Unique enzyme could allow gluten-sensitive patients to digest gluten — 3 key notes

A study presented at Digestive Disease Week presented encouraging results for aspergillus niger-derived prolyl endoprotease.

Gluten-sensitive patients ingesting the enzyme broke down small amounts of gluten in the digestive system.

School of Medical Sciences at University of Örebro, Sweden postdoctoral research fellow and study lead author Julia König, PhD, and colleagues examined how AN-PEP worked in 18 gluten-sensitive patients.

Researchers gave all participants a bowl of porridge with two crumbled wheat cookies, then gave them either a high or low dose of AN-PEP or a placebo. The researchers measured gluten levels in the stomach and small intestine over three hours.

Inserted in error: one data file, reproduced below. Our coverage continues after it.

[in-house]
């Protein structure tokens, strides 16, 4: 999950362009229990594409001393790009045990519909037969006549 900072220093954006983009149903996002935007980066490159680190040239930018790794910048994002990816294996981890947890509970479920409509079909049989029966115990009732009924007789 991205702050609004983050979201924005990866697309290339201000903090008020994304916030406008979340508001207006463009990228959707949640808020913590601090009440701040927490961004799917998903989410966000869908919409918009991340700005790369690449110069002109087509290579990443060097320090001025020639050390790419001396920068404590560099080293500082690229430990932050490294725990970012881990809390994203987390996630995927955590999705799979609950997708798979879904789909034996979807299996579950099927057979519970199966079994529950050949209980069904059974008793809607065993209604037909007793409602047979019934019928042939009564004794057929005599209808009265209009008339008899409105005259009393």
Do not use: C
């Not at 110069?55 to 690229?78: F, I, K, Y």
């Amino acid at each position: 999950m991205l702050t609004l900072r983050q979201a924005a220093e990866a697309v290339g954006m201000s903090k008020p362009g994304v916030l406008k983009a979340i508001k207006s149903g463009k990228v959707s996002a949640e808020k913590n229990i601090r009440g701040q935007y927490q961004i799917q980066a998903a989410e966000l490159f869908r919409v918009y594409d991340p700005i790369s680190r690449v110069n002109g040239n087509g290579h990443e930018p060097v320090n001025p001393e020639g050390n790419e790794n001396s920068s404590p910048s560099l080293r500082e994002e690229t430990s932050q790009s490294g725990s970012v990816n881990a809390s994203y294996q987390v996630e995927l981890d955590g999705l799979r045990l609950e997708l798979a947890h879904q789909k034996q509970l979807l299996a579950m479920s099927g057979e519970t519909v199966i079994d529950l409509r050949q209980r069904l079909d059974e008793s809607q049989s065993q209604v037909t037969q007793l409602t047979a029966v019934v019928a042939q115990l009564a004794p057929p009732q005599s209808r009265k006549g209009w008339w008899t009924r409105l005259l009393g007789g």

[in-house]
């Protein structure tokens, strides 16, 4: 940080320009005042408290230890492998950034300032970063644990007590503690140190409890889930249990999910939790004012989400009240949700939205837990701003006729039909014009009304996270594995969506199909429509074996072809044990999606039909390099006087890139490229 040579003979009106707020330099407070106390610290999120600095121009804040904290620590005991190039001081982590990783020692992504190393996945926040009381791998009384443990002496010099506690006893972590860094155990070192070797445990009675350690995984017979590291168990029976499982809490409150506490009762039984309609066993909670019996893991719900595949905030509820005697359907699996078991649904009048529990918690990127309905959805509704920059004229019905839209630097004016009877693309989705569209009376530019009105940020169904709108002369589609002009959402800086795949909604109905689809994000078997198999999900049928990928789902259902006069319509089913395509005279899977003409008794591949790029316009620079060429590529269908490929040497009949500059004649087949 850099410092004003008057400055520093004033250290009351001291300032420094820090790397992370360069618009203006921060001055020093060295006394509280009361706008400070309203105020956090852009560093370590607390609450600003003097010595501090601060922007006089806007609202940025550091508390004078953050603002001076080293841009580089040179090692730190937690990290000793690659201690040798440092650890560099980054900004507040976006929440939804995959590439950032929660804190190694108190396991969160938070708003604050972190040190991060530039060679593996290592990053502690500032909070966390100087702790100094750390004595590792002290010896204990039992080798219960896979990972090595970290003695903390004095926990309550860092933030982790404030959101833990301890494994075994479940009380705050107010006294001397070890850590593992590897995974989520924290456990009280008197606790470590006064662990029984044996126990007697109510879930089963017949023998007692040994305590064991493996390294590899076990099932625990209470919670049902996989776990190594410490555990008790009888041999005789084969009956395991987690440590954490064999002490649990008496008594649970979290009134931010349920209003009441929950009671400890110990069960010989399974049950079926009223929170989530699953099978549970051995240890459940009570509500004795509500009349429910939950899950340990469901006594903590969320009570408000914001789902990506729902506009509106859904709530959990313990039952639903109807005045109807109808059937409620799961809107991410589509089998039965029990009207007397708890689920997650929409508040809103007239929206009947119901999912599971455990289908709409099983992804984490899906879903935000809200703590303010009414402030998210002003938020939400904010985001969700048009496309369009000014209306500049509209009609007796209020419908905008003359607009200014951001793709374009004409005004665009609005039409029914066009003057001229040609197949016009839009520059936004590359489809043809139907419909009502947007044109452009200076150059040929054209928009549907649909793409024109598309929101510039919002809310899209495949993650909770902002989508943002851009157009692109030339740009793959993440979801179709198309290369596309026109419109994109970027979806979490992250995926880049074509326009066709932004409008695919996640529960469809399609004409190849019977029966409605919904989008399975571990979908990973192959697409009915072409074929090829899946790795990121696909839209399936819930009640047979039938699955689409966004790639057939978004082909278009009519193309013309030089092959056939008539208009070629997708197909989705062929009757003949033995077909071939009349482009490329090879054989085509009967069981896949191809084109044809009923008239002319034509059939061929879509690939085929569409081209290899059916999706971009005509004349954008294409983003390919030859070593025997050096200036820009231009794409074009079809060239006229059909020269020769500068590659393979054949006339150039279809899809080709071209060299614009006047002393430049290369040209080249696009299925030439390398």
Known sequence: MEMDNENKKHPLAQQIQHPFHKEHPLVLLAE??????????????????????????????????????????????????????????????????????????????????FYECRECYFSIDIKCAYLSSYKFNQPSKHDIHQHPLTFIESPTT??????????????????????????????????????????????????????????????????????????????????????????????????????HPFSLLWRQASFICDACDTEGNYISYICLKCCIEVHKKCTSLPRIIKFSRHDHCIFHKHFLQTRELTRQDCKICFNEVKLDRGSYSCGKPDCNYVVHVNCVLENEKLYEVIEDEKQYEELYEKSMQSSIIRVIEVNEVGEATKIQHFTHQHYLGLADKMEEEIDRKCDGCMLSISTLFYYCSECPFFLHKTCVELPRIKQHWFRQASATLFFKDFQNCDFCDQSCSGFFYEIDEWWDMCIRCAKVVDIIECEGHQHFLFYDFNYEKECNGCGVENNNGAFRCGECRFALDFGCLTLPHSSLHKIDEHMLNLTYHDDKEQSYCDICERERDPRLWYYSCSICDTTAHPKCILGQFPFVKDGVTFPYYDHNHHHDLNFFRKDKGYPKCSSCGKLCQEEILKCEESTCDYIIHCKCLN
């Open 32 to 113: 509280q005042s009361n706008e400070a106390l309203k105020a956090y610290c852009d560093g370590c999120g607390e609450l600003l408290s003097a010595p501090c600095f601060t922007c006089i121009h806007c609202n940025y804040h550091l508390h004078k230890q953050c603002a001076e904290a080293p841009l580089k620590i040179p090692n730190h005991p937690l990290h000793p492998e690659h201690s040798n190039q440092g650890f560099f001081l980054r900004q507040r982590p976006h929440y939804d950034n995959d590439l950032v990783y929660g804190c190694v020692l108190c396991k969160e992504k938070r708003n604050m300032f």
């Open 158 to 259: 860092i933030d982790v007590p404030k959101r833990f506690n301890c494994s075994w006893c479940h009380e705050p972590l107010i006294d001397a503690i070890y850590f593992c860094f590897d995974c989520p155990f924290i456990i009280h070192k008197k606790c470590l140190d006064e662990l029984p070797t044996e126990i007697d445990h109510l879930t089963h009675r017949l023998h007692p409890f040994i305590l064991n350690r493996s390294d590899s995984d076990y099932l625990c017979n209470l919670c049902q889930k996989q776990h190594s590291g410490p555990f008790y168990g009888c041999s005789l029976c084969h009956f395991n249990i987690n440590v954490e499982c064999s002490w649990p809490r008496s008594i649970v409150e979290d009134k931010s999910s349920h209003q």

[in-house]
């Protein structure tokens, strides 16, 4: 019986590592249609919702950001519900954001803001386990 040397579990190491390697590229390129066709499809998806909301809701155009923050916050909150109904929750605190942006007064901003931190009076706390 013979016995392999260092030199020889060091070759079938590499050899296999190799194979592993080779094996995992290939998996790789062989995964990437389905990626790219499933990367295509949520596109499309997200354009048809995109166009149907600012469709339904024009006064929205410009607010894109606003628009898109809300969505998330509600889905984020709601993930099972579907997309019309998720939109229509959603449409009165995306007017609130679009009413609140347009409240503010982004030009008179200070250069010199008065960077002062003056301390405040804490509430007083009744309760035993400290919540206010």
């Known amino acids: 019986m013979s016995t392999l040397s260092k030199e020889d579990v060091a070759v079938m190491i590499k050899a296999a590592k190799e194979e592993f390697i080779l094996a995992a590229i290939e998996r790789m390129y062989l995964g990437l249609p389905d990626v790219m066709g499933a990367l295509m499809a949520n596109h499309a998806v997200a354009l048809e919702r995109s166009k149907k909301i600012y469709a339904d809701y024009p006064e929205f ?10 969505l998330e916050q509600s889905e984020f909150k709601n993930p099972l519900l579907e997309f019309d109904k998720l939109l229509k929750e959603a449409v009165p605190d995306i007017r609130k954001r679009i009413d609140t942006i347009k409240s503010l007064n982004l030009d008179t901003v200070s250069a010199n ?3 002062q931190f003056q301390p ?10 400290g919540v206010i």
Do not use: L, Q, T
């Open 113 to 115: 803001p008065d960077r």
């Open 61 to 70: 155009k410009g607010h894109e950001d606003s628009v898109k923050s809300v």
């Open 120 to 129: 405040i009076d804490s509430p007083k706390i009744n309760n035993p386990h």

Here's what they found.

1. AN-PEP broken down gluten in both high and low doses.

2. In the stomach, gluten levels were 85 percent lower than in the placebo group.

3. Once the food reached the duodenum, patients' gluten levels dropped by 81 percent in the high dosage group and 87 percent in the low dosage group.

Researchers concluded, "This enzyme can potentially reduce the side effects that occur when gluten-sensitive individuals accidentally eat a little gluten."

They cautioned the enzyme will not allow for large amount of gluten ingestion. They also noted the enzyme was not tested on celiac disease patients because of how harmful gluten is in those cases.

Digestive Disease Week is May 6 through May 9 in Chicago.

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